So running them at a sensible % gives you the best efficiency, keeps it quiet (the fan won't need to spin to keep the PSU cool) and also will make it last longer.
This is very informative. Thanks!

So the actual power draw from the socket depends on the factors of power requirement and psu efficiency right?

Relating to your example, if I have a psu capable of running a computed 425w (an example of computed rate considering efficieny) and has a load of 200w. Does this mean that my psu will draw power from the socket only at 200w as required by my components or my psu will draw 425w from the socket constantly and will provide 200w out of the 425w it gets to the components?

**Thanks!
Reply With Quote
  #6  
Old 24-05-13, 04:26 PM
tinytomlogan's Avatar
tinytomlogan tinytomlogan is offline
The Guvnor
 
Join Date: Dec 2007
Location: TTL Towers
Posts: 20,940
The % rating is at its highest at 50% load at 110v

Technically it should be more efficient at 240v
__________________
If you recommend a product LINK THE REVIEW


Get along or run along. Your choice
Reply With Quote
  #7  
Old 25-05-13, 07:09 AM
Zoot's Avatar
Zoot Zoot is offline
OC3D Elite
 
Join Date: Jul 2008
Location: Ireland
Posts: 1,547
Quote:
Originally Posted by infernal008 View Post
So the actual power draw from the socket depends on the factors of power requirement and psu efficiency right?
The way to think of it is this, it goes for any other electrical system too.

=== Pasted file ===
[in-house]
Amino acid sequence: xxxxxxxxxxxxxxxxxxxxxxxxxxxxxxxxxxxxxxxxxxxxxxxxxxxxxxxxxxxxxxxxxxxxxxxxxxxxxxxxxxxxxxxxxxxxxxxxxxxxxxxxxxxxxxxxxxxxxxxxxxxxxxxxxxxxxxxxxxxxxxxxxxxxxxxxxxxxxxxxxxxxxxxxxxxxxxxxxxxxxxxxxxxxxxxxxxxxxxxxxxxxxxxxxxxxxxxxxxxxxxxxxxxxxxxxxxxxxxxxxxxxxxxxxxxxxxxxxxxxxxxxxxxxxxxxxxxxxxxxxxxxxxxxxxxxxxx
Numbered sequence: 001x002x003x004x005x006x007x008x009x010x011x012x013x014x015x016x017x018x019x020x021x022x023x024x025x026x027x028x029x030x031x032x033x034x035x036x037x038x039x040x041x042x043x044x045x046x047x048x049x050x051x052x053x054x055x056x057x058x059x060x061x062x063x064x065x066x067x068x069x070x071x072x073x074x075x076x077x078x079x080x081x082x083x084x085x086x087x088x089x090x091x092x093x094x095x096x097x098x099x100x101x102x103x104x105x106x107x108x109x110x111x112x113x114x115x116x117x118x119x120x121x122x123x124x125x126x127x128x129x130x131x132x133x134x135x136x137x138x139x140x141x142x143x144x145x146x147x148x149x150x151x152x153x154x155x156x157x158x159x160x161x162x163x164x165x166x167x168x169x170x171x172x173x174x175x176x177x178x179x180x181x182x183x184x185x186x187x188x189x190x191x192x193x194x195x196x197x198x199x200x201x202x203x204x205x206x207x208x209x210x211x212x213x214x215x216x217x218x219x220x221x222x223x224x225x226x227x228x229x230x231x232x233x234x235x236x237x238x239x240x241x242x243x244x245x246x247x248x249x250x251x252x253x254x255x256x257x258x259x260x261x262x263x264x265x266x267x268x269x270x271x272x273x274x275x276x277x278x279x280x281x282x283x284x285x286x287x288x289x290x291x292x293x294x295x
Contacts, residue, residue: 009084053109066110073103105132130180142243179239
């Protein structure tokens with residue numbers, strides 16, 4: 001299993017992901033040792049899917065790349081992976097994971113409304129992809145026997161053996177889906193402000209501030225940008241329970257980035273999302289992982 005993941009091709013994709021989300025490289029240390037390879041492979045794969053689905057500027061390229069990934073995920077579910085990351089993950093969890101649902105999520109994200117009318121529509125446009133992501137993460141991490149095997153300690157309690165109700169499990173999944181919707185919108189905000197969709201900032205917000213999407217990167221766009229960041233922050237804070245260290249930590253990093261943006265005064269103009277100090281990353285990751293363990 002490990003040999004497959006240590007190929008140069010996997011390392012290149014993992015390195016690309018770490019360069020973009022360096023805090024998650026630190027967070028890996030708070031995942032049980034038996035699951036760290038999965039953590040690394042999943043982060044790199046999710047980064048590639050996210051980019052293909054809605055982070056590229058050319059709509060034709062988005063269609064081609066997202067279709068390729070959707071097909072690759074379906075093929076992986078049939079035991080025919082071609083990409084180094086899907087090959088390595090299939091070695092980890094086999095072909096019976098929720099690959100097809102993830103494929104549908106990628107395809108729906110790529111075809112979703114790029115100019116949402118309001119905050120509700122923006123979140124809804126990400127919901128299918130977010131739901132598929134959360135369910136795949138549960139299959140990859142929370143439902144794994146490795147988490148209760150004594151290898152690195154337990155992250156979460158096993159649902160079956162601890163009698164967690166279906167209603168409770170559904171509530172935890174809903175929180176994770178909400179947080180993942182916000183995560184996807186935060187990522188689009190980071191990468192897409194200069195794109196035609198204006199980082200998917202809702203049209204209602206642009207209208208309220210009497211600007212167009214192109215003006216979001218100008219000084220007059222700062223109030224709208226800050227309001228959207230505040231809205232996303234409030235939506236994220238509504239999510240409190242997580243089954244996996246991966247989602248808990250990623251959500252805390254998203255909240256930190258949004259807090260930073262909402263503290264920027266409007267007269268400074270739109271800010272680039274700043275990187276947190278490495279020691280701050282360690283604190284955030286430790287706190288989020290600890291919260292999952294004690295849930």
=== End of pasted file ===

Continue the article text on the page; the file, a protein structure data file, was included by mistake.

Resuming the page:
If your components are drawing 500W, that's the output power of the PSU. If the efficiency is 90%, then the actual draw from the wall or the input power will be:
500/0.9 = 555.56W

What's burned internally (The actual PSU will get hot) is the difference between the two - 55.56W.
__________________
Desktop: AMD Ryzen 7 3700X | X570i Aorus | 32GB Corsair DDR4-3200MHz | RX 5700 XT | Aorus PCIe 4.0 1TB M.2 | Fractal Define Nano S
Home Server: AMD Ryzen 3 2200G | Asus Prime B450M-A | 16GB Crucial DDR4-2400MHz | 39TB | Fractal Design Define R5
HTPC: AMD Athlon 5350 | ASRock AM1H-ITX | 4GB Corsair DDR3-1333MHz | MiniBox M350






Reply With Quote
  #8  
Old 25-05-13, 07:19 AM
Master&Puppet's Avatar
Master&Puppet Master&Puppet is offline
OC3D Elite
 
Join Date: Sep 2011
Location: London
Posts: 2,068
Quote:
Originally Posted by infernal008 View Post
This is very informative. Thanks!

So the actual power draw from the socket depends on the factors of power requirement and psu efficiency right?

Relating to your example, if I have a psu capable of running a computed 425w (an example of computed rate considering efficieny) and has a load of 200w. Does this mean that my psu will draw power from the socket only at 200w as required by my components or my psu will draw 425w from the socket constantly and will provide 200w out of the 425w it gets to the components?

**Thanks!
The bit in bold is correct. It's like having a car with 425BHP. If you are driving at 30mph down a quiet street the car won't use all 425BHP, it will only need to use 50BHP.

If your computer only needs to draw 50W at idle then any PSU will only give it 50w (whilst drawing a bit more from the wall based on the rating as has already been discussed).
__________________
Ivy Bridge Overclocking
Overclocking pt2-LLC & Vdroop

OC3D Overclockers Club Member #006 (Alec Trevelyan was always harder than Bond anyway)
Reply With Quote
  #9  
Old 25-05-13, 02:45 PM
infernal008 infernal008 is offline
Newbie
 
Join Date: May 2013
Posts: 25
Thanks everyone for your answers! It has shed some light on me and finally I was able to understand how psu's consume electricity.
Reply With Quote
Reply

Thread Tools
Display Modes

Posting Rules
You may not post new threads
You may not post replies
You may not post attachments
You may not edit your posts

BB code is On
Smilies are On
[IMG] code is On
HTML code is Off

Forum Jump










All times are GMT. The time now is 03:08 AM.
Powered by vBulletin® Version 3.8.7
Copyright ©2000 - 2019, vBulletin Solutions, Inc.